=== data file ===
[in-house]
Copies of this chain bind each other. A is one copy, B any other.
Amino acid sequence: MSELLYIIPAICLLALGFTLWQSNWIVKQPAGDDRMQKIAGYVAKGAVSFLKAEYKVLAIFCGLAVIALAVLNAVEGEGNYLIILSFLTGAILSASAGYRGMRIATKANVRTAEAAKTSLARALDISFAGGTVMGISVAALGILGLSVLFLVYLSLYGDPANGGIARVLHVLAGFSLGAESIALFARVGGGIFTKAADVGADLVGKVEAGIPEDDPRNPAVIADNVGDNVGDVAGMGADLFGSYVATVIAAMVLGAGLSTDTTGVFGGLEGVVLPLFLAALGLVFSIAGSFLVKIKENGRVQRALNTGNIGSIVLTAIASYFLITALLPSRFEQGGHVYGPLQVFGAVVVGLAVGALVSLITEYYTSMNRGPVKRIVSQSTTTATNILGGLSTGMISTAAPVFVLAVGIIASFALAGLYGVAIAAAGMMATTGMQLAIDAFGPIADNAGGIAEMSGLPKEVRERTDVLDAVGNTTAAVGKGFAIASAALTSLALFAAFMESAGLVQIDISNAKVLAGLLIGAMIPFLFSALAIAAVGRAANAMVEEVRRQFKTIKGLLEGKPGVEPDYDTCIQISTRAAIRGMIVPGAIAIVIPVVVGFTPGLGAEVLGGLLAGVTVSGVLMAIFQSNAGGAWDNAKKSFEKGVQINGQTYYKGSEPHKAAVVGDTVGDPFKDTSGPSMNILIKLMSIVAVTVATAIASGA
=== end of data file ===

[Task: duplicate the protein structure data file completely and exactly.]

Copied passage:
[in-house]
Copies of this chain bind each other. A is one copy, B any other.
Amino acid sequence: MSELLYIIPAICLLALGFTLWQSNWIVKQPAGDDRMQKIAGYVAKGAVSFLKAEYKVLAIFCGLAVIALAVLNAVEGEGNYLIILSFLTGAILSASAGYRGMRIATKANVRTAEAAKTSLARALDISFAGGTVMGISVAALGILGLSVLFLVYLSLYGDPANGGIARVLHVLAGFSLGAESIALFARVGGGIFTKAADVGADLVGKVEAGIPEDDPRNPAVIADNVGDNVGDVAGMGADLFGSYVATVIAAMVLGAGLSTDTTGVFGGLEGVVLPLFLAALGLVFSIAGSFLVKIKENGRVQRALNTGNIGSIVLTAIASYFLITALLPSRFEQGGHVYGPLQVFGAVVVGLAVGALVSLITEYYTSMNRGPVKRIVSQSTTTATNILGGLSTGMISTAAPVFVLAVGIIASFALAGLYGVAIAAAGMMATTGMQLAIDAFGPIADNAGGIAEMSGLPKEVRERTDVLDAVGNTTAAVGKGFAIASAALTSLALFAAFMESAGLVQIDISNAKVLAGLLIGAMIPFLFSALAIAAVGRAANAMVEEVRRQFKTIKGLLEGKPGVEPDYDTCIQISTRAAIRGMIVPGAIAIVIPVVVGFTPGLGAEVLGGLLAGVTVSGVLMAIFQSNAGGAWDNAKKSFEKGVQINGQTYYKGSEPHKAAVVGDTVGDPFKDTSGPSMNILIKLMSIVAVTVATAIASGA